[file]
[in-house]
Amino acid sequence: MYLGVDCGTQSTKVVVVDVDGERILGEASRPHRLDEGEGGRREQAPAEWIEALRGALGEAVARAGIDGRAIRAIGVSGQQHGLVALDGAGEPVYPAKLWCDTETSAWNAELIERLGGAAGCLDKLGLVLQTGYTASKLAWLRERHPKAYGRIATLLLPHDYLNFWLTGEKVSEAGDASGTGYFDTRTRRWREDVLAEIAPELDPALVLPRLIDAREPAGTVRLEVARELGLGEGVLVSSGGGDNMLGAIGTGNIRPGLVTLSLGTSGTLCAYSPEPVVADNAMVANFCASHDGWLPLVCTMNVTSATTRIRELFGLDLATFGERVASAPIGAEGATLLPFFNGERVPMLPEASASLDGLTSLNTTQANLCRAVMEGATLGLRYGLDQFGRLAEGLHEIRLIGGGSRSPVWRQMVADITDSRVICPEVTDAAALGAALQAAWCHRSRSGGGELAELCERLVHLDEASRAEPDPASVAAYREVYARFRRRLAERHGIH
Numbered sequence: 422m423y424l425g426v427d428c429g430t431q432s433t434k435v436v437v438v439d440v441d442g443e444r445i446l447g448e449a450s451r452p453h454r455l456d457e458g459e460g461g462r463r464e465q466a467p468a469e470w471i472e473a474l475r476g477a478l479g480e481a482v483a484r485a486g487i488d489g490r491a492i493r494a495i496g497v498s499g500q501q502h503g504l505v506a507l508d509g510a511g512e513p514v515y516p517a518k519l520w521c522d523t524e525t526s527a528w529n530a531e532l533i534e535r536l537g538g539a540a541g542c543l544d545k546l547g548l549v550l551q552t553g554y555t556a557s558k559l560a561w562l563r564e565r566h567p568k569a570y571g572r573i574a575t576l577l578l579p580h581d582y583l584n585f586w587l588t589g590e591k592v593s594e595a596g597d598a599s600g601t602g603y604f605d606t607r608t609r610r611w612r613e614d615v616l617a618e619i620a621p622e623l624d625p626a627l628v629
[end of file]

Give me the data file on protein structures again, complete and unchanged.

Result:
[in-house]
Amino acid sequence: MYLGVDCGTQSTKVVVVDVDGERILGEASRPHRLDEGEGGRREQAPAEWIEALRGALGEAVARAGIDGRAIRAIGVSGQQHGLVALDGAGEPVYPAKLWCDTETSAWNAELIERLGGAAGCLDKLGLVLQTGYTASKLAWLRERHPKAYGRIATLLLPHDYLNFWLTGEKVSEAGDASGTGYFDTRTRRWREDVLAEIAPELDPALVLPRLIDAREPAGTVRLEVARELGLGEGVLVSSGGGDNMLGAIGTGNIRPGLVTLSLGTSGTLCAYSPEPVVADNAMVANFCASHDGWLPLVCTMNVTSATTRIRELFGLDLATFGERVASAPIGAEGATLLPFFNGERVPMLPEASASLDGLTSLNTTQANLCRAVMEGATLGLRYGLDQFGRLAEGLHEIRLIGGGSRSPVWRQMVADITDSRVICPEVTDAAALGAALQAAWCHRSRSGGGELAELCERLVHLDEASRAEPDPASVAAYREVYARFRRRLAERHGIH
Numbered sequence: 422m423y424l425g426v427d428c429g430t431q432s433t434k435v436v437v438v439d440v441d442g443e444r445i446l447g448e449a450s451r452p453h454r455l456d457e458g459e460g461g462r463r464e465q466a467p468a469e470w471i472e473a474l475r476g477a478l479g480e481a482v483a484r485a486g487i488d489g490r491a492i493r494a495i496g497v498s499g500q501q502h503g504l505v506a507l508d509g510a511g512e513p514v515y516p517a518k519l520w521c522d523t524e525t526s527a528w529n530a531e532l533i534e535r536l537g538g539a540a541g542c543l544d545k546l547g548l549v550l551q552t553g554y555t556a557s558k559l560a561w562l563r564e565r566h567p568k569a570y571g572r573i574a575t576l577l578l579p580h581d582y583l584n585f586w587l588t589g590e591k592v593s594e595a596g597d598a599s600g601t602g603y604f605d606t607r608t609r610r611w612r613e614d615v616l617a618e619i620a621p622e623l624d625p626a627l628v629